Amid protests, Illinois prepares for Supreme Court to take up abortion bans

CHICAGO (WLS) -- Amid protests following bills passed in multiple states to severely restrict or essentially outlaw abortion, abortion rights and anti-abortion advocates in Illinois are preparing for a possible battle here.

From the steps of the U.S. Supreme Court in Washington D.C., where the fight will likely land, to cities and towns around the country, abortion rights supporters held "Stop the Ban" rallies Tuesday. The movement got a jump in Chicago, where a rally and march were held Monday evening.

"The bans happening around the country to remove access to safe and legal abortions are not going to stop abortions from happening," said Julie Lynn of Planned Parenthood of Illinois. "They are just going to stop safe abortions from happening.

The "National Day of Action to Stop the Bans" came in response a near-total ban on abortion recently signed into law in Alabama, as well as bills enacted or nearing passage in Mississippi , Kentucky , Ohio , Georgia and Louisiana aimed at banning abortion once a fetal heartbeat is detected. That can happen in the sixth week of pregnancy, before many women know they're pregnant. Missouri lawmakers have passed an eight-week ban with no exceptions for rape and incest.

The Alabama law both bans and essentially outlaws abortion, making performing abortions a felony at any stage of pregnancy with almost no exceptions, including for rape or incest. The only exception allowed is to preserve a mother's life.

"I understand the discomfort with a woman having a pregnancy when she was raped, but the baby is a victim too, the baby isn't the perpetrator," said Ann Scheider of Illinois' Pro-Life Action League.

None of the laws has taken effect, and all will likely be blocked while legal challenges play out. Ban supporters hope one or more of the measures might reach the Supreme Court and possibly trigger reversal of the 1973 Roe v. Wade decision that legalized abortion nationwide.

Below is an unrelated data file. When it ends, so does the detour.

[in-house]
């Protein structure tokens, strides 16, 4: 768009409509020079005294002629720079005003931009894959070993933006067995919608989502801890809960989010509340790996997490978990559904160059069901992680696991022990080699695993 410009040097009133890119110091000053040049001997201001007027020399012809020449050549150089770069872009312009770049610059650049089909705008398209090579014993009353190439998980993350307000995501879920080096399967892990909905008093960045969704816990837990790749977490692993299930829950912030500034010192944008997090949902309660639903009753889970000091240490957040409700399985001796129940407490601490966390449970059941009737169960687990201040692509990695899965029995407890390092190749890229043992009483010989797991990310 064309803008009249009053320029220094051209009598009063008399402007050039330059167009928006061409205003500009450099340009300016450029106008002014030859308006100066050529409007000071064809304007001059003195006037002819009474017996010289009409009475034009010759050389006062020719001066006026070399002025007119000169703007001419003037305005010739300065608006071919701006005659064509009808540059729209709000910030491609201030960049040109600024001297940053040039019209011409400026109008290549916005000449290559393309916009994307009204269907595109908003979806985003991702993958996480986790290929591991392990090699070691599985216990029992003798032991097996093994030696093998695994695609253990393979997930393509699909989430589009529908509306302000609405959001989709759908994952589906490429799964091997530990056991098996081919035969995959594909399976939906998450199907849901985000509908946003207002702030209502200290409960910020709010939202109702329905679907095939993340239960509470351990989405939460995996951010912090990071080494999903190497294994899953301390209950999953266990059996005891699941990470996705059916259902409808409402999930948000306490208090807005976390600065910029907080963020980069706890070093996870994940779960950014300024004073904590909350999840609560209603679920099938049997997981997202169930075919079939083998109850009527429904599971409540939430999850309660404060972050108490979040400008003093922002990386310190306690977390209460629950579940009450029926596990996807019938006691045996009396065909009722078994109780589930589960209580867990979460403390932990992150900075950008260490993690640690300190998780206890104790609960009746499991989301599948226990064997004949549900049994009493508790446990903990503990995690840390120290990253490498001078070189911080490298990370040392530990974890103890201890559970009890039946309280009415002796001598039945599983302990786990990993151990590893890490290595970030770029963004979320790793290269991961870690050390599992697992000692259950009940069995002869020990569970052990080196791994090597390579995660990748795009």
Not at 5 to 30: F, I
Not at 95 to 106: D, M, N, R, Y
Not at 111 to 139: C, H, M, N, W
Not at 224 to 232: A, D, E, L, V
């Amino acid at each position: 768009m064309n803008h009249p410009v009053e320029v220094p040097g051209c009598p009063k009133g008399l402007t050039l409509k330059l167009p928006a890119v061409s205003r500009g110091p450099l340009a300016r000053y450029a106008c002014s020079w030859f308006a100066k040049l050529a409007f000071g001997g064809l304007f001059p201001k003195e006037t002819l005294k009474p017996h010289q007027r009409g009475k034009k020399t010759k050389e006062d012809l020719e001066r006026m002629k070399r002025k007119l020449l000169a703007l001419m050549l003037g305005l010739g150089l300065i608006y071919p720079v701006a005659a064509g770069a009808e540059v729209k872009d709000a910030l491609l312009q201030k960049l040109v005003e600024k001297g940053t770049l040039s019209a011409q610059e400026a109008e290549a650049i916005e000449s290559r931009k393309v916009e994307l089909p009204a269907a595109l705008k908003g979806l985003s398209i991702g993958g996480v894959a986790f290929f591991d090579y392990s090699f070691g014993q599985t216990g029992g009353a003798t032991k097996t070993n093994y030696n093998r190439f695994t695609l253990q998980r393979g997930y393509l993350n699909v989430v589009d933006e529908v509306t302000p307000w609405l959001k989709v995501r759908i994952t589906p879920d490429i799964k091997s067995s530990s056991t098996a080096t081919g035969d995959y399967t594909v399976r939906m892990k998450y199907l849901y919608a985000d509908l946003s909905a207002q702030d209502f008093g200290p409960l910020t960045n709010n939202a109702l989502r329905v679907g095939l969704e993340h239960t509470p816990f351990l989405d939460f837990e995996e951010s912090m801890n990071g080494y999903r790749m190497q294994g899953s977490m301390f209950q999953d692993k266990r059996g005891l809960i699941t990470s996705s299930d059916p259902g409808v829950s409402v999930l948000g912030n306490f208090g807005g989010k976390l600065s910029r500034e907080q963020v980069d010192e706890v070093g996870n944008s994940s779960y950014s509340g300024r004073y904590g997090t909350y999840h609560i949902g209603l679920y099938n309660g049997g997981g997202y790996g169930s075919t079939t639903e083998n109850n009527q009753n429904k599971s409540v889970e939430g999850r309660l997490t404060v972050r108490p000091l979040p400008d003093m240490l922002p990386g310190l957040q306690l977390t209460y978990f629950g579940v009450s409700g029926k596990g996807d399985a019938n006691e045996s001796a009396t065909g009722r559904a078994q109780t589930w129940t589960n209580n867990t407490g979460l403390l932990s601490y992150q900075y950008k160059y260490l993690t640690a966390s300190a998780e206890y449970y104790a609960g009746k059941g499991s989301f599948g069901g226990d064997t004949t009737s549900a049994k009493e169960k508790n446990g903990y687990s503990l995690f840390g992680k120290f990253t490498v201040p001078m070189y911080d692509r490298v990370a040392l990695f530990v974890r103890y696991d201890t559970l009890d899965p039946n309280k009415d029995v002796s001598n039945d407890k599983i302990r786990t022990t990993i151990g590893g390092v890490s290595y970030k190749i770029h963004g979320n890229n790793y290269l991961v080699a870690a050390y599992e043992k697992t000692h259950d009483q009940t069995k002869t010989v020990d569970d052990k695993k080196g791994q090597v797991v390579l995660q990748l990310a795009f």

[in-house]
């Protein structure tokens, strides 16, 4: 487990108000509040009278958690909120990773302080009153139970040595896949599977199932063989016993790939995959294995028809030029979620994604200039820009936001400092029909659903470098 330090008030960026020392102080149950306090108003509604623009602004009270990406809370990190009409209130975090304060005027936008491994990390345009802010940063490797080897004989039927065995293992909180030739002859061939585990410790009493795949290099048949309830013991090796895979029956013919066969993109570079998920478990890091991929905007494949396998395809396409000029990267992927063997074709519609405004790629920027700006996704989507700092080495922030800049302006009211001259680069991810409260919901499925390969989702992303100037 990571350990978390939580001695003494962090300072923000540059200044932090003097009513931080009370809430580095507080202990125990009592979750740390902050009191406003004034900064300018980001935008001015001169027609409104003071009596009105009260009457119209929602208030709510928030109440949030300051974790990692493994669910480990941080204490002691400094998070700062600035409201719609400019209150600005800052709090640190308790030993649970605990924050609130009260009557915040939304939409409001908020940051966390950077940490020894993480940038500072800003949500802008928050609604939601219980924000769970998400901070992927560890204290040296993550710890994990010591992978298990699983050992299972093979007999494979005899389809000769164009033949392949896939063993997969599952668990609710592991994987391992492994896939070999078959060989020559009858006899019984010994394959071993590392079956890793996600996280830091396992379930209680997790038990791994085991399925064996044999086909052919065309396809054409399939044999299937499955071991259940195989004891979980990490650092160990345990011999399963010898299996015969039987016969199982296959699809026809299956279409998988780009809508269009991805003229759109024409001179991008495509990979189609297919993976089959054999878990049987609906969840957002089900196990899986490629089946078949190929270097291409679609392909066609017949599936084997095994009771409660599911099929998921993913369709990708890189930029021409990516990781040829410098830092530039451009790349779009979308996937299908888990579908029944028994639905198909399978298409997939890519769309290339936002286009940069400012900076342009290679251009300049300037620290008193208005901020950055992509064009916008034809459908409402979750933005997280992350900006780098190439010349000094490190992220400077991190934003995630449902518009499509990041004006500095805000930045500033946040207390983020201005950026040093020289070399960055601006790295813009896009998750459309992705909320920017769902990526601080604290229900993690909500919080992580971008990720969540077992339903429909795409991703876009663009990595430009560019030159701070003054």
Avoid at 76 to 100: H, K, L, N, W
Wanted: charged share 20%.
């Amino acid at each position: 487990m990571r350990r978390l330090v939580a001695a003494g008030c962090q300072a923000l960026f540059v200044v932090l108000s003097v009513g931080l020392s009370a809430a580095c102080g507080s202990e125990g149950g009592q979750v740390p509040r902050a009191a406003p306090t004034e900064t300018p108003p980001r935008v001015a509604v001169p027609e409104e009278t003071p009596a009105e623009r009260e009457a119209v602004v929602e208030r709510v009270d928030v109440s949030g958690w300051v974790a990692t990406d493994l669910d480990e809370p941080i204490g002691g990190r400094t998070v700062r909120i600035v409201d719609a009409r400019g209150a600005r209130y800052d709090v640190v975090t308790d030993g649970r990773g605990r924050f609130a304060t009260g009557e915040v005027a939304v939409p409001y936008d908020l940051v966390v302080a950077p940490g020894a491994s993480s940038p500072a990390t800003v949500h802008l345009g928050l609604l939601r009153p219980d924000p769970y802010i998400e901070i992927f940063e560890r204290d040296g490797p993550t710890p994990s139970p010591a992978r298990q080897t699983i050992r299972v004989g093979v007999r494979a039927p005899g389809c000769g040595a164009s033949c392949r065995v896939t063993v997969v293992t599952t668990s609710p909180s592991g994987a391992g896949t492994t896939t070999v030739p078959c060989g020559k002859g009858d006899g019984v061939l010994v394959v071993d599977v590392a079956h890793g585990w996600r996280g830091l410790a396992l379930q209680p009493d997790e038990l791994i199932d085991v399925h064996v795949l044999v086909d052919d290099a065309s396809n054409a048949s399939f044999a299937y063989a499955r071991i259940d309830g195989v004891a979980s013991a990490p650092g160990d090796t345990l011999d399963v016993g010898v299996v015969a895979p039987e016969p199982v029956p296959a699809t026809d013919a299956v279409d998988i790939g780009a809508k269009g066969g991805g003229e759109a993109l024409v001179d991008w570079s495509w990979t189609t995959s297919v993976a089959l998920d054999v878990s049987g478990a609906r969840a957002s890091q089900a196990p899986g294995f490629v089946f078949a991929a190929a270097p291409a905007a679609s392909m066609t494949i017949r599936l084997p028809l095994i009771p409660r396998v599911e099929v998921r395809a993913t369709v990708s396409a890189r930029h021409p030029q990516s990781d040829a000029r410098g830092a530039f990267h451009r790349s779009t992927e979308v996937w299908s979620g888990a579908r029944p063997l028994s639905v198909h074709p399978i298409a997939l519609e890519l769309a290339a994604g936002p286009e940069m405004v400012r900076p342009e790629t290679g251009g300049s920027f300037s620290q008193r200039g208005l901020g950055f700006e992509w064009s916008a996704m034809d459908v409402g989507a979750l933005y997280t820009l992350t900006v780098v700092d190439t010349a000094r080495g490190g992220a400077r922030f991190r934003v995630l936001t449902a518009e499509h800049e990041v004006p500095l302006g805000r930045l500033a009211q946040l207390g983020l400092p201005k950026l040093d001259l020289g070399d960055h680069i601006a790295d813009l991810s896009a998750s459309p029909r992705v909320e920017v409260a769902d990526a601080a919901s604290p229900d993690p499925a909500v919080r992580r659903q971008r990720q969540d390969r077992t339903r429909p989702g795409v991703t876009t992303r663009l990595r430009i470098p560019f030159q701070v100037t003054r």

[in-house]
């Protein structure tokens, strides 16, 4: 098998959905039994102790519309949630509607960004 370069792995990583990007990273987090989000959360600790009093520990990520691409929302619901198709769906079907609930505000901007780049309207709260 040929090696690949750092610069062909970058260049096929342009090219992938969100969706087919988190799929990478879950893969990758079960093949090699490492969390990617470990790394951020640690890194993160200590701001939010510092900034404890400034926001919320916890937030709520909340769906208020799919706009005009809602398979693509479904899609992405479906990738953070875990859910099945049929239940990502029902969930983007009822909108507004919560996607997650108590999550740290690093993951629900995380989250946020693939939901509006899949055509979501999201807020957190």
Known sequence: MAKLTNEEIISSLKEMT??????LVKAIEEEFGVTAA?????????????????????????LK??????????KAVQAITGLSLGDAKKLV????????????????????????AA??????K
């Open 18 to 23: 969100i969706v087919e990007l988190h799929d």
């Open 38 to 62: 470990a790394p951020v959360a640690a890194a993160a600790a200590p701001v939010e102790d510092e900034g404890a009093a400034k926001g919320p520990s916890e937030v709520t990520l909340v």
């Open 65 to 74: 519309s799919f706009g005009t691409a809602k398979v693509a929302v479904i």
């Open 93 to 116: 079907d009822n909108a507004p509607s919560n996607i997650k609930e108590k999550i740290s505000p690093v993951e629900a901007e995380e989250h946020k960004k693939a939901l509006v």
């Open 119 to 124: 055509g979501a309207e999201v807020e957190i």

Scheidler said the recent bans and response from abortion rights groups show her side is winning. She predicted one of the heartbeat bills will be the test case for Roe v. Wade in the Supreme Court.

Planned Parenthood and other abortion rights groups fear with a conservative-leaning court, Roe could be overturned.

"When, not if, something gets to the Supreme Court to overturn Roe, Illinois is going to be ready and we are going to have laws in place to ensure access is abortion is safely a right for everybody," Lynn said.

In 2018, then-governor Bruce Rauner signed into law HB 40, which provides for taxpayer-funded abortions for state employees and the poor. In March 2019, the Illinois Supreme Court rejected a lawsuit challenging the law. And in January 2019, Governor JB Pritzker signed an executive order to ensure the state fully enforces HB 40, now known as Public Act 100-0538. The executive order instructs all state employee group health insurance plans to give women extended reproductive coverage, including for abortions.

State lawmakers are also considering a bill that modernizes Illinois' 44-year-old abortion law by removing the procedure from the criminal code and treating it as healthcare.

Scheidler said she thinks that bill is "very extreme."

The pending law in Illinois is called the Reproductive Health Act, and supporters will be pushing for passage at rally scheduled for Thursday at Daley Plaza.

While President Donald Trump has distanced himself from the most extreme abortion bans, Vice President Mike Pence has made it clear the Trump administration is "pro-life."

The Associated Press contributed to this report.
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